Reading the West 10-12-09 |

Reading the West 10-12-09

It has been said that a photograph is worth a thousand words. If that is true, then “Faces of the Frontier: Photographic Portraits from the American West, 1845-1924,” is worth roughly 150,000 words, not to mention three-quarters of a century, and the entire era that we would consider the “development” of West.

Most of these photographic faces “promise to reveal individuality,” Richard White writes, adding, “[T]hey can just as easily deliver a disguise.”

And White goes on, “The thousands of words that these pictures supposedly eliminate reappear in the secret life of the portrait – the details about the sitter the portrait seeks to disguise or distort. It is the words, more than the portrait that rescue the individual from being merely a type.”

Thus the soft-focus photographs of American Indians by Edward Curtis, the surreptitiously taken photographs of the residents of San Francisco’s Chinatown by Arnold Genthe, and other images often do more to render subjects as “an exotic and timeless people” than to cast them in their true lives, White believes.

The practice of providing the Indians with “appropriate” clothes – those that fit a public perception not necessarily reality – meant their lasting images were often nowhere close to their real lives. Indians who never wore elaborate headdresses, had them on in photographs. This practice of making the subject adhere to the public perception simply furthered to marginalize them in the eyes of Euro-American society, author Frank H. Goodyear III, Associate Curator of Photographs at the National Portrait Gallery, Smithsonian Institution, writes in his introductory essay, “Portraiture in the Photography of the American West.”

Goodyear’s book brings us the faces of frontier people. Stern and often stiff, they wear the high collars and hoop skirts, buckskins and ceremonial feathers of another era. Some of the names – even the faces you will recognize: George Armstrong Custer, Sitting Bull, Teddy Roosevelt, Annie Oakley, Brigham Young, The Wild Bunch. Others you won’t, though you will know of them, of their work: Horace Greeley, who urged people to “Go West” and fueled the rush to Colorado gold fields 150 years ago; Helen Hunt Jackson, Indian reformer and author of “Century of Dishonor”; Levi Strauss, who bought us the style of jeans we still wear; Domingo Ghiradelli, an Italian confectioner who, thankfully, brought his chocolates to our shores.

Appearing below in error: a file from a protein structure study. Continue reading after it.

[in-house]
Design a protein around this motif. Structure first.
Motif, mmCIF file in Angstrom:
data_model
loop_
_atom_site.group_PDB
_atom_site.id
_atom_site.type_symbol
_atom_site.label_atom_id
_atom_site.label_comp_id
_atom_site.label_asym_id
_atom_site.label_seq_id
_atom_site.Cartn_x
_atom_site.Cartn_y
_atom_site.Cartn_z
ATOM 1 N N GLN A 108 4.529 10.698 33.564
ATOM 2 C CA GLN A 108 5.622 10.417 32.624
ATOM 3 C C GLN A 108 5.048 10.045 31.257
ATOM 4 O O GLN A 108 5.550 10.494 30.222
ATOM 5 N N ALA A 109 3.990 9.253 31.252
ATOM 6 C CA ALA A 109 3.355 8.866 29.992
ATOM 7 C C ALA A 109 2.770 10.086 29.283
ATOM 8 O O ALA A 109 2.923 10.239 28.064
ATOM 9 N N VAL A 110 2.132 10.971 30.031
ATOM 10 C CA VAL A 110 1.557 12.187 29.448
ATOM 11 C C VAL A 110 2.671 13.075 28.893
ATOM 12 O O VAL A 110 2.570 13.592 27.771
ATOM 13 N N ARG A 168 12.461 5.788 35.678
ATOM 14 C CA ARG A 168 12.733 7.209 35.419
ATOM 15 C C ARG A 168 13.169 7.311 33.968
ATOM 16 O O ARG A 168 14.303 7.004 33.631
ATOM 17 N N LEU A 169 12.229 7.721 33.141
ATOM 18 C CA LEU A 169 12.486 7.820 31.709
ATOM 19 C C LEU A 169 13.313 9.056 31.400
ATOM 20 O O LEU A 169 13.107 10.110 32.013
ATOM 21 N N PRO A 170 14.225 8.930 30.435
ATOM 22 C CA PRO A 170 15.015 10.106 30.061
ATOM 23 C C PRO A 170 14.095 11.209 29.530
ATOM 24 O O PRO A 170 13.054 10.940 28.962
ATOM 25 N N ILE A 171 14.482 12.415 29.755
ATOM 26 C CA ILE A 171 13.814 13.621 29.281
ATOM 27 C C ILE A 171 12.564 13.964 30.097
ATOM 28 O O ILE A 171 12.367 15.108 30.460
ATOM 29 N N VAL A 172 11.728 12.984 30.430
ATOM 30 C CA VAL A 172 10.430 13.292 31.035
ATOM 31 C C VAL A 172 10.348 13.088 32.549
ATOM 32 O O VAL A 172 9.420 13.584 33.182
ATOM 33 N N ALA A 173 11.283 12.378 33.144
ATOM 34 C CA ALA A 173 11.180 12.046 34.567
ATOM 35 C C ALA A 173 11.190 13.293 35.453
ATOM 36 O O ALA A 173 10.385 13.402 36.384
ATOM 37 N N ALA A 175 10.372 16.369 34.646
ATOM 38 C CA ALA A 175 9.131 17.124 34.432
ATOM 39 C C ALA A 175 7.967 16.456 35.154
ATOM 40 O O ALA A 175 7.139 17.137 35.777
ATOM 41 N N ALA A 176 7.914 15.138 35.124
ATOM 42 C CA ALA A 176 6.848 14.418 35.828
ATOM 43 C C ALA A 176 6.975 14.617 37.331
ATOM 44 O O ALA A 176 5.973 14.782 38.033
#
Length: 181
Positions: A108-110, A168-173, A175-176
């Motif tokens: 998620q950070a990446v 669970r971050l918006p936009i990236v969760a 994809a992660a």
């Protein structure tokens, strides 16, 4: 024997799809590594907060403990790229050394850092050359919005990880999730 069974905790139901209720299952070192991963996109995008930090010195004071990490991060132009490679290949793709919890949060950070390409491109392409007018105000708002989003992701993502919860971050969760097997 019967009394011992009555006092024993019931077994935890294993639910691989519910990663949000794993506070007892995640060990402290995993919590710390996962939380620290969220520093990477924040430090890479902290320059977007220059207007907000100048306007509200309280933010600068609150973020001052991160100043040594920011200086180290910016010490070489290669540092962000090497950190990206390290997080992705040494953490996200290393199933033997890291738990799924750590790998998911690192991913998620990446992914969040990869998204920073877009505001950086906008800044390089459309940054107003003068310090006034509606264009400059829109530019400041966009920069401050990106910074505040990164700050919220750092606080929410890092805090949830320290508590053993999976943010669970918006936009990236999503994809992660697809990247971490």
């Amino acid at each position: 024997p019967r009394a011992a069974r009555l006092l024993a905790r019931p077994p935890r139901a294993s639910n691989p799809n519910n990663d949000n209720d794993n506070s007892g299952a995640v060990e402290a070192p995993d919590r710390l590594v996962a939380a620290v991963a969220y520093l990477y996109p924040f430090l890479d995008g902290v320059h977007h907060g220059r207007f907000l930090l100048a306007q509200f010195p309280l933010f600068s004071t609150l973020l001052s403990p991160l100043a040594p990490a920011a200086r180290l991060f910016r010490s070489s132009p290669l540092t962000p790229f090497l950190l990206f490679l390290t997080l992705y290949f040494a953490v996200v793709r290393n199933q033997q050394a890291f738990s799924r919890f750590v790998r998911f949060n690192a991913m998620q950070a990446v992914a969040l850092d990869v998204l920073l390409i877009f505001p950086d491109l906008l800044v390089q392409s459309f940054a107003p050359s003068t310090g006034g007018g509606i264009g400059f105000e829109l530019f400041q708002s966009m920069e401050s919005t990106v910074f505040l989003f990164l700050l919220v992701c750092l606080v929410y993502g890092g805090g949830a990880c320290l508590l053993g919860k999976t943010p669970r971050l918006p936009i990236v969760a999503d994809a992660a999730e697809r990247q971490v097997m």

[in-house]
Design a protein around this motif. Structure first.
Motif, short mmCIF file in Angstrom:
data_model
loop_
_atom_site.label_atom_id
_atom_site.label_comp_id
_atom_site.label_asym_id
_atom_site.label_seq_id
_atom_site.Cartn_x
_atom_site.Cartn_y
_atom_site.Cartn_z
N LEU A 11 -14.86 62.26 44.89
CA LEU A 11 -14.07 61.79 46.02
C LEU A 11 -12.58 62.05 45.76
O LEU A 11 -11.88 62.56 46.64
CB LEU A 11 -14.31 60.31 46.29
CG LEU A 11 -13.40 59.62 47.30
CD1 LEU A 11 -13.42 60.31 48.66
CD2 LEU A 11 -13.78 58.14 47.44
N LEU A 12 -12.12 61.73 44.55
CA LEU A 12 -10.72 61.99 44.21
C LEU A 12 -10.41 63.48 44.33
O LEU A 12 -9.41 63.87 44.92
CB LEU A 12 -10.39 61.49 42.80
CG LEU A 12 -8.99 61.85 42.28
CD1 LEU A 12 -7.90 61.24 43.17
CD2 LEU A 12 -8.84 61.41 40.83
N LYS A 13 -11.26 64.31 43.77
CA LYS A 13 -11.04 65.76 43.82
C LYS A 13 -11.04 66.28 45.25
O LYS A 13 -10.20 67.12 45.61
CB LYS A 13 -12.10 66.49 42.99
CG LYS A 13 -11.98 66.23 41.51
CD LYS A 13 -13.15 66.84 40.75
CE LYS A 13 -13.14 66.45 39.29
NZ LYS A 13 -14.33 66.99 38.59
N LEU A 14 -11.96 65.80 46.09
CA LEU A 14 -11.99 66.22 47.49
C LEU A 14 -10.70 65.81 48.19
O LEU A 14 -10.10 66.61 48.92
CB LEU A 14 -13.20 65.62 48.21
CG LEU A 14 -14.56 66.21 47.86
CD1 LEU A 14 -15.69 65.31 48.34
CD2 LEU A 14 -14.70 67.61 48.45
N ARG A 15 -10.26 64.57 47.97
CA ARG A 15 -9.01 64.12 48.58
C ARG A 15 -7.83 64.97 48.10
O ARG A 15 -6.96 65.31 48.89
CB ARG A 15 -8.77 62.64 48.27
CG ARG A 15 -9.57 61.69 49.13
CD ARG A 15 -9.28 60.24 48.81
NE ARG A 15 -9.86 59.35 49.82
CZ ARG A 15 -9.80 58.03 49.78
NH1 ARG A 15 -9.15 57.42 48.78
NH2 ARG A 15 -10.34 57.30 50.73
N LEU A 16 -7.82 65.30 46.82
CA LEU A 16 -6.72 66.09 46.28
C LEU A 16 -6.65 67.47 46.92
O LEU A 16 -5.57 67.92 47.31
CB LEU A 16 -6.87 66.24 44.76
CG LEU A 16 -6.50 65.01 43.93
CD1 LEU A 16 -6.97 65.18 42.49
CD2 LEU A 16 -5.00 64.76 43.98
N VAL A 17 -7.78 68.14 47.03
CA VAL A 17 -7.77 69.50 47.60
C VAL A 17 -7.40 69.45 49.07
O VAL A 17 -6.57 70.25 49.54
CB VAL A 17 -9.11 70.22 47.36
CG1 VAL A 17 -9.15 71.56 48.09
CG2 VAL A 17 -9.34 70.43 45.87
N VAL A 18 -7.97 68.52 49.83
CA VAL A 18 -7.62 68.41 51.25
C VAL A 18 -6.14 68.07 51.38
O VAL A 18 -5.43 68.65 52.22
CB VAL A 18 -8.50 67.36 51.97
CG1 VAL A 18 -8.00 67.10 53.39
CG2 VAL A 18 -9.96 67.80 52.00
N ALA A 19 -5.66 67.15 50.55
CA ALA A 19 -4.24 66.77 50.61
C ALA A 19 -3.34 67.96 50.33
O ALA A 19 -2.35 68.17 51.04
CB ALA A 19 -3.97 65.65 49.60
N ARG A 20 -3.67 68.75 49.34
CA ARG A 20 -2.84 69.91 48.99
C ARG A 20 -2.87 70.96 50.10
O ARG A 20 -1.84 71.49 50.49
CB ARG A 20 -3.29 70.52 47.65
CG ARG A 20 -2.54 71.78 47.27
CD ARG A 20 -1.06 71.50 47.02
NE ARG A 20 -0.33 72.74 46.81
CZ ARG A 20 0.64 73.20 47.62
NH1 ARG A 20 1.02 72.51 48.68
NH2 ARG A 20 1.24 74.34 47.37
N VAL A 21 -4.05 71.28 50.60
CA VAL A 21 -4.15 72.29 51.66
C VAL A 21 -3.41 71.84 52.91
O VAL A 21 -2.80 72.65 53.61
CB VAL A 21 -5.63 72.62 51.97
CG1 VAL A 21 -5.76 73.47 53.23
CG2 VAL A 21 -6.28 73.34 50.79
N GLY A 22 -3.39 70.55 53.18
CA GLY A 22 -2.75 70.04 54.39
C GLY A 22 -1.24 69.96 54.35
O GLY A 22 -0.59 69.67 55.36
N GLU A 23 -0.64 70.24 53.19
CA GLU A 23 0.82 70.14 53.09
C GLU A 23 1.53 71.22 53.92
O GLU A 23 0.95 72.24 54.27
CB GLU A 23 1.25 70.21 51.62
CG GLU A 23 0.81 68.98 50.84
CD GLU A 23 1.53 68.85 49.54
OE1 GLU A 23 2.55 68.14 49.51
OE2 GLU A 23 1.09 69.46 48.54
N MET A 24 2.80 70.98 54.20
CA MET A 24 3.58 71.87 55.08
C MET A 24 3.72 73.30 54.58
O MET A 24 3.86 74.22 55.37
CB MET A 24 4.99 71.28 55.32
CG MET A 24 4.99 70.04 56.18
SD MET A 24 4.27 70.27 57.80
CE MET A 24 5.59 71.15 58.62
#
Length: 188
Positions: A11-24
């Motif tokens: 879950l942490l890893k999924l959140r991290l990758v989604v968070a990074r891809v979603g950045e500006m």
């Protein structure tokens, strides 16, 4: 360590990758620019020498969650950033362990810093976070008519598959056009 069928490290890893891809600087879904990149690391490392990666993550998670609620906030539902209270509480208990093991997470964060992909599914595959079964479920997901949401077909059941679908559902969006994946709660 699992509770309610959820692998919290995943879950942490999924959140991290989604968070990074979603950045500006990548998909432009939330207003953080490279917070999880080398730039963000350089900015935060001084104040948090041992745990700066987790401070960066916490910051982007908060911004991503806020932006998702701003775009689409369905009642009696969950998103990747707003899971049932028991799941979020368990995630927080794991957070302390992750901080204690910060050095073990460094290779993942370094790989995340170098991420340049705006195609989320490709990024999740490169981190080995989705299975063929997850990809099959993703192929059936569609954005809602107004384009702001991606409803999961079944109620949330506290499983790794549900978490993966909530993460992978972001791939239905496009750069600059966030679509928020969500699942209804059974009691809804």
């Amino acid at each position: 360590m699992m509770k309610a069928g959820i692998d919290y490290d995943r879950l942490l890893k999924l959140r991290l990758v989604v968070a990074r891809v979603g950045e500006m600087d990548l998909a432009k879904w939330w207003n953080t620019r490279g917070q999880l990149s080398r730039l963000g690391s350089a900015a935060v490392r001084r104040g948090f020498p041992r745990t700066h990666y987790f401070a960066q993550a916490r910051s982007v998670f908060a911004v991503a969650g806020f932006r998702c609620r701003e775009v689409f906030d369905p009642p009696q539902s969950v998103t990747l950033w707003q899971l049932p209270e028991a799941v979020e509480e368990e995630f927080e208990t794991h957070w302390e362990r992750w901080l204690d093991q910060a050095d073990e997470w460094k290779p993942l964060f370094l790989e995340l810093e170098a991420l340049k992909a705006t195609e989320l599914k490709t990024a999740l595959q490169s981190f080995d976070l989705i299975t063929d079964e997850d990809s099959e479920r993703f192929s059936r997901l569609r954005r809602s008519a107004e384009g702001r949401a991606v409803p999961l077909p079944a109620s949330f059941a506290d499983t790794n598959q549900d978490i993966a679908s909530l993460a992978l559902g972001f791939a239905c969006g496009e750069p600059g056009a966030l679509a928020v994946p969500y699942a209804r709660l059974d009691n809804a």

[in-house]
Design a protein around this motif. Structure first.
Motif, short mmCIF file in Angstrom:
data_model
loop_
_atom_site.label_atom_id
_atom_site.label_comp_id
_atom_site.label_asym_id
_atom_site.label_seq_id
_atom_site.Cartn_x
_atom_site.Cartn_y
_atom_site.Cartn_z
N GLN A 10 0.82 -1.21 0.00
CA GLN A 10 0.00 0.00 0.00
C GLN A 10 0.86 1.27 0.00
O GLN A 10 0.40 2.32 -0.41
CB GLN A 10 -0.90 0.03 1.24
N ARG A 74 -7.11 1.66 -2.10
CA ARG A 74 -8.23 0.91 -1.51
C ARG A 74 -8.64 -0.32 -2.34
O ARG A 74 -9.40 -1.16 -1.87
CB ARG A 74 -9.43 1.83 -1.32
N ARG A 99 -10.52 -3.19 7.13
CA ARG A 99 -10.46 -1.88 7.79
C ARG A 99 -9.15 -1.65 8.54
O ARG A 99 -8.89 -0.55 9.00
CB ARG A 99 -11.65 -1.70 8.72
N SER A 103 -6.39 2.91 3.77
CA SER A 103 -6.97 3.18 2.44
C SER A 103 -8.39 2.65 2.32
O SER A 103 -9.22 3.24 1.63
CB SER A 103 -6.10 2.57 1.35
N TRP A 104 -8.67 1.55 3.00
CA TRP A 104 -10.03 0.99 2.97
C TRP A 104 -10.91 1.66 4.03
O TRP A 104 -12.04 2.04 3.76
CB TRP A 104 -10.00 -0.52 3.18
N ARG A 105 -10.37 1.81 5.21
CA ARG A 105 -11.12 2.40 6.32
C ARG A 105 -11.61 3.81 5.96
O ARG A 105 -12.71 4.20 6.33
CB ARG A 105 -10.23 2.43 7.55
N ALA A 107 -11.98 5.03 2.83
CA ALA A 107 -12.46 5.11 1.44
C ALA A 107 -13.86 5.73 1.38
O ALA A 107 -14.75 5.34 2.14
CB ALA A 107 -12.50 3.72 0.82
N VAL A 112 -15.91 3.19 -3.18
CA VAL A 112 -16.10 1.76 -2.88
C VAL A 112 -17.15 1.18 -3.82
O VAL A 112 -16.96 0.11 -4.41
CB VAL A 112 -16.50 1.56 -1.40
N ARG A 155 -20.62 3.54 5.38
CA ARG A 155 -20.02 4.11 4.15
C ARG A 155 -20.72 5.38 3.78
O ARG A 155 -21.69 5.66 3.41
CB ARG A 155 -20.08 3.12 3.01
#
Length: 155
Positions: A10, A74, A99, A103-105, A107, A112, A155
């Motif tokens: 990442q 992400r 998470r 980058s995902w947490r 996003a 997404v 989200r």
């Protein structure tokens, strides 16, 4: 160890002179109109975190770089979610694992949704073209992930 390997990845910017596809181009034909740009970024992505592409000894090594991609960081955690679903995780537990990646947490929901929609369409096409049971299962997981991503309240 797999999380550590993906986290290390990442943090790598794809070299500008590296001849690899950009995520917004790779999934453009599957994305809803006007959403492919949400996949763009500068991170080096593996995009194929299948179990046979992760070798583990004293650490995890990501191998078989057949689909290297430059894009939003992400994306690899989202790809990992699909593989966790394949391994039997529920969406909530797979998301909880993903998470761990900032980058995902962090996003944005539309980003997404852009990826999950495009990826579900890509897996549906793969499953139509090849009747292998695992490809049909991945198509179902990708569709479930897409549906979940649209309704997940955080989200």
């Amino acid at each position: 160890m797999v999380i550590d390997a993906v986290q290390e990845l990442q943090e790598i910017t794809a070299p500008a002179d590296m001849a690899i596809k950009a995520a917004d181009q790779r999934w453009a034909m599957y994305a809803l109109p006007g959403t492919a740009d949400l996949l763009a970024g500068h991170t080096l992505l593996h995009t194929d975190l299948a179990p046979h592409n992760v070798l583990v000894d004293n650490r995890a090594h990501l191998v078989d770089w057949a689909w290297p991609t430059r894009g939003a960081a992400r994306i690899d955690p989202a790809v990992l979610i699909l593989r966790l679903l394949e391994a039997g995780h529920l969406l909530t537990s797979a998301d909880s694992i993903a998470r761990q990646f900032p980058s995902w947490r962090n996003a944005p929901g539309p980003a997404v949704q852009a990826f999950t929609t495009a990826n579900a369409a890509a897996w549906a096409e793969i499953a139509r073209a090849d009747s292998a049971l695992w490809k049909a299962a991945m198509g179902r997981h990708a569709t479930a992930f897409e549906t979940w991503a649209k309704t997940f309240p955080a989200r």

All these people and the other 120 or so pictured in this book, took part in creating the West. They were leaders, statesmen, soldiers, laborers, activists, criminals, and more. They stopped before the cameras that were carried by men like Curtis and Genthe, Alexander Hayden, William Henry Jackson, and Timothy O’Sullivan. You have no doubt seen some of their work, even if you don’t realize who took the photographs.

The photographs are a story of the West itself as the photos show not only the people, but also the places – in many cases the work – of their lives. There are pictures of mining towns and mining operations, of frontier outposts on the prairie, the building of the transcontinental railroad, and adobe ruins. There aren’t a lot of images of women, no doubt because in this early period, women were harder to find in the West. Or was it perhaps because the photographers wanted to keep their lens on those whom they perceived to be the leaders, the developers, the builders of the West?

These photographs come primarily from the collection of the National Portrait gallery. The book includes an introduction by the author, plus two essays, one by the author and the other written by Richard White, Margaret Byrne Professor of American History at Stanford University and the author of “It’s your Misfortune and None of my Own”: A New History of the American West and Remembering Ahanagran: Storytelling in a Family’s Past.”

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